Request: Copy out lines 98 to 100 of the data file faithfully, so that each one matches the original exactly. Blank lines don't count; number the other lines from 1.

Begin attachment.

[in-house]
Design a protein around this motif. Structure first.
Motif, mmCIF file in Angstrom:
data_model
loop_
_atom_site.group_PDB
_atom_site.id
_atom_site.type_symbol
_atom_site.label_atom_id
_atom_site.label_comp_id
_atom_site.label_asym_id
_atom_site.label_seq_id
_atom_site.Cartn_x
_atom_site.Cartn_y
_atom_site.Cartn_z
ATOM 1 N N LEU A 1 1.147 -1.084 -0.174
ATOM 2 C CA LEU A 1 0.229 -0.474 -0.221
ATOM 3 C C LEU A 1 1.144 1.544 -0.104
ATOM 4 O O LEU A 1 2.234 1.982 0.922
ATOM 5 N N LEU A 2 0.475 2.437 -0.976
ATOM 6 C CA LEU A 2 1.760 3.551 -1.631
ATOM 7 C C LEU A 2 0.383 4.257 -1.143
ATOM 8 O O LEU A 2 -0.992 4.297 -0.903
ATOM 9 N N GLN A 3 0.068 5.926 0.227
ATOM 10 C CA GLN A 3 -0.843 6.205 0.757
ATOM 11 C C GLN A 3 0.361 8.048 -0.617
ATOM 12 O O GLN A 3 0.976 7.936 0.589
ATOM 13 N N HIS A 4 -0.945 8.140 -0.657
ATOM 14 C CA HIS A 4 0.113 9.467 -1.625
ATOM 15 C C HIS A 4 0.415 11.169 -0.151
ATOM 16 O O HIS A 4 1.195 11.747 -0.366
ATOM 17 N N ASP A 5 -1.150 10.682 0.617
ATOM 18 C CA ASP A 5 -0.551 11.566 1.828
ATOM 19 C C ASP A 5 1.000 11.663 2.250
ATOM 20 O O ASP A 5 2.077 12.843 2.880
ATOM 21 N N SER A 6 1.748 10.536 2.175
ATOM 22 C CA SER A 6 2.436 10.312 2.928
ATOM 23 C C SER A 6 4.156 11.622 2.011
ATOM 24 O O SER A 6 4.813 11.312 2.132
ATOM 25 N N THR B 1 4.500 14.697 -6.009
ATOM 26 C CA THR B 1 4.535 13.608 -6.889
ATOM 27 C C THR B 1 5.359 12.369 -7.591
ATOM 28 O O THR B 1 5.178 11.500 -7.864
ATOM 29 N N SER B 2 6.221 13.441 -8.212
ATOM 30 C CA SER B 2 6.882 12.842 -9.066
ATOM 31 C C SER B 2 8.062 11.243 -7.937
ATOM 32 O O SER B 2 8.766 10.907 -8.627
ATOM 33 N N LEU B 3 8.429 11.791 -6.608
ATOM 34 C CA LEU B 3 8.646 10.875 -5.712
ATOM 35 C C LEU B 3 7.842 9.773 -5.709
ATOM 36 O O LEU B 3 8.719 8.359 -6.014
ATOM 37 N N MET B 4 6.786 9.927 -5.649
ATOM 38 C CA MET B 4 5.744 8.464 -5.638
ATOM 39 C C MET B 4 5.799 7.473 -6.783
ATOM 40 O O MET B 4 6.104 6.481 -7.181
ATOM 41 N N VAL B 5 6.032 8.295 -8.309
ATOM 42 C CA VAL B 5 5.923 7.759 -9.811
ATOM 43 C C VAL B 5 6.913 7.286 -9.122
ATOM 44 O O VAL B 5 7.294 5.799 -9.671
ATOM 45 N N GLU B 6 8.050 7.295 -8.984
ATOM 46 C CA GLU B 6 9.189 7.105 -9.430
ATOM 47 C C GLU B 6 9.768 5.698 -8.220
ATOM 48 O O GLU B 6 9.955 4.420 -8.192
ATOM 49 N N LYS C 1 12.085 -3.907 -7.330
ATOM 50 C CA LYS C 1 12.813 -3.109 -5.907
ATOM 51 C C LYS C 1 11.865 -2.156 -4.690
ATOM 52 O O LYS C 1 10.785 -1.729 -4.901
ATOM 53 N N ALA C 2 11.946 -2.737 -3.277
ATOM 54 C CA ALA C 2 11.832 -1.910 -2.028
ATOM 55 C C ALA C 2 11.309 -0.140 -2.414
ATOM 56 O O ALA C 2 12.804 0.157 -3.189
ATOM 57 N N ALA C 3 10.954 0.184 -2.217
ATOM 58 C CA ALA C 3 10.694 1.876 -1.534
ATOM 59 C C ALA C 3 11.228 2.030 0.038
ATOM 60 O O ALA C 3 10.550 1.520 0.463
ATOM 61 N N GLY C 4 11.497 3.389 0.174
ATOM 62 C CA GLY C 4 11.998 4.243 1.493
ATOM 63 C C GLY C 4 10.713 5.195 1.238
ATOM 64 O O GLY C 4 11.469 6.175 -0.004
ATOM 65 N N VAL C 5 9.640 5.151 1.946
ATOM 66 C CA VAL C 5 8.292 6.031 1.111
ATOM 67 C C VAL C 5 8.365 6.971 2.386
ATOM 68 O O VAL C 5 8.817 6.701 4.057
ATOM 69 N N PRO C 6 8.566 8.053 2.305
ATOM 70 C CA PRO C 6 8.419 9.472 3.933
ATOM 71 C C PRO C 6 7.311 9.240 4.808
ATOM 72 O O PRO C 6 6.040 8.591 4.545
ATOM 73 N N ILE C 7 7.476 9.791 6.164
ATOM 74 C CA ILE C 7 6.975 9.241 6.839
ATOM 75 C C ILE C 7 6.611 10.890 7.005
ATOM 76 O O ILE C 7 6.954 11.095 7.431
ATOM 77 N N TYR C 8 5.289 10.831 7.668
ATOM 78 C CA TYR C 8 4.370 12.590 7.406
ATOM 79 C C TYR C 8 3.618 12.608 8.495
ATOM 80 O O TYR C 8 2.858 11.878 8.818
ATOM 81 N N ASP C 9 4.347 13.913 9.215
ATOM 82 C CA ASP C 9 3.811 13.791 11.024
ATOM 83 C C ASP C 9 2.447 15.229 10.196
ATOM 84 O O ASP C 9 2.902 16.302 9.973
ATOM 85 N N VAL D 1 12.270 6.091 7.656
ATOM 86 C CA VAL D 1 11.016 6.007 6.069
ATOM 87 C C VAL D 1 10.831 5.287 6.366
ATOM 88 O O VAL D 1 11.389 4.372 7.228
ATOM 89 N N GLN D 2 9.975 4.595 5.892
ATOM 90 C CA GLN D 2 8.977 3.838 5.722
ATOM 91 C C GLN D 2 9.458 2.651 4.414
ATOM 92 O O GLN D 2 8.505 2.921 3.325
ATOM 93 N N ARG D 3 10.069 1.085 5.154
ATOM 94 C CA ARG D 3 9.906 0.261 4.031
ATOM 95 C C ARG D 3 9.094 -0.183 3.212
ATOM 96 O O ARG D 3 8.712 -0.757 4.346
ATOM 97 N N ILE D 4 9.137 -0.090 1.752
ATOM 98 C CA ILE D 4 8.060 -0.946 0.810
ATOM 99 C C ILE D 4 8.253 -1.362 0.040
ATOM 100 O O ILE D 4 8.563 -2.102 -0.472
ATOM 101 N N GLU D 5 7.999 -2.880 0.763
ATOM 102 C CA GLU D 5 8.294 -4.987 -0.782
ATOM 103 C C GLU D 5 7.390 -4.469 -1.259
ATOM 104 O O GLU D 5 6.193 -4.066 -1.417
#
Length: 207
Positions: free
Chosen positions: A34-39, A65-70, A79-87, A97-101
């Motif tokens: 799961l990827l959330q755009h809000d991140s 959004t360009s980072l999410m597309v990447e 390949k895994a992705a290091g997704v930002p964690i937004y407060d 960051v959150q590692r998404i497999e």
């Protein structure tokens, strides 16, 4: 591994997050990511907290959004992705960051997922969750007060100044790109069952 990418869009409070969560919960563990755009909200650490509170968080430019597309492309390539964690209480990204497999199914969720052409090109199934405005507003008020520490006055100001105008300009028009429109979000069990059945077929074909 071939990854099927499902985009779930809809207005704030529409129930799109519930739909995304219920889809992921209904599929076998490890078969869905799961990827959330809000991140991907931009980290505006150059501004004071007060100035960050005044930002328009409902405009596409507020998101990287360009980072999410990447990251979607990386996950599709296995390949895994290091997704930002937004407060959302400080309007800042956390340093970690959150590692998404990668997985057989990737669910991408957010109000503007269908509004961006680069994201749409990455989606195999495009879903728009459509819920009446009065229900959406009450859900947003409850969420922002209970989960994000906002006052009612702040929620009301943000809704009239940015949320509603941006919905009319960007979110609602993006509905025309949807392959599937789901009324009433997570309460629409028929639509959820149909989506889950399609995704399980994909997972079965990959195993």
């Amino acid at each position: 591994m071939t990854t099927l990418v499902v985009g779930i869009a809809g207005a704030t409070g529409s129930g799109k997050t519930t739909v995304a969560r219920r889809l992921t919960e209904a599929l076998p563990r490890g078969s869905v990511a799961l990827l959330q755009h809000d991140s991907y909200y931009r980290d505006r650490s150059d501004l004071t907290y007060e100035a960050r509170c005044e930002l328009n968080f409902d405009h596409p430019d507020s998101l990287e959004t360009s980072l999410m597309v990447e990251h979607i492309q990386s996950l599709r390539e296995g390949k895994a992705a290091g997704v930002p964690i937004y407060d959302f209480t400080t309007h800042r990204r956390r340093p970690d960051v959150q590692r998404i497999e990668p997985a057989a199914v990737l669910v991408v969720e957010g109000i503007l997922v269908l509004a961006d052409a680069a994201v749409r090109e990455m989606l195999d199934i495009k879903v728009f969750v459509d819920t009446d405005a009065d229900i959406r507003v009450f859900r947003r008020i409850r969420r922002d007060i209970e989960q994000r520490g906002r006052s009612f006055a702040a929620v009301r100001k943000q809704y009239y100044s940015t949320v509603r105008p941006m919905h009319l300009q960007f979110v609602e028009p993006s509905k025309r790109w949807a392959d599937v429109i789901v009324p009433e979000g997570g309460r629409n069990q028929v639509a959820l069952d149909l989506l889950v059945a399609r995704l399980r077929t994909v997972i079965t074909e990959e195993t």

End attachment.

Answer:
ATOM 83 C C ASP C 9 2.447 15.229 10.196
ATOM 84 O O ASP C 9 2.902 16.302 9.973
ATOM 85 N N VAL D 1 12.270 6.091 7.656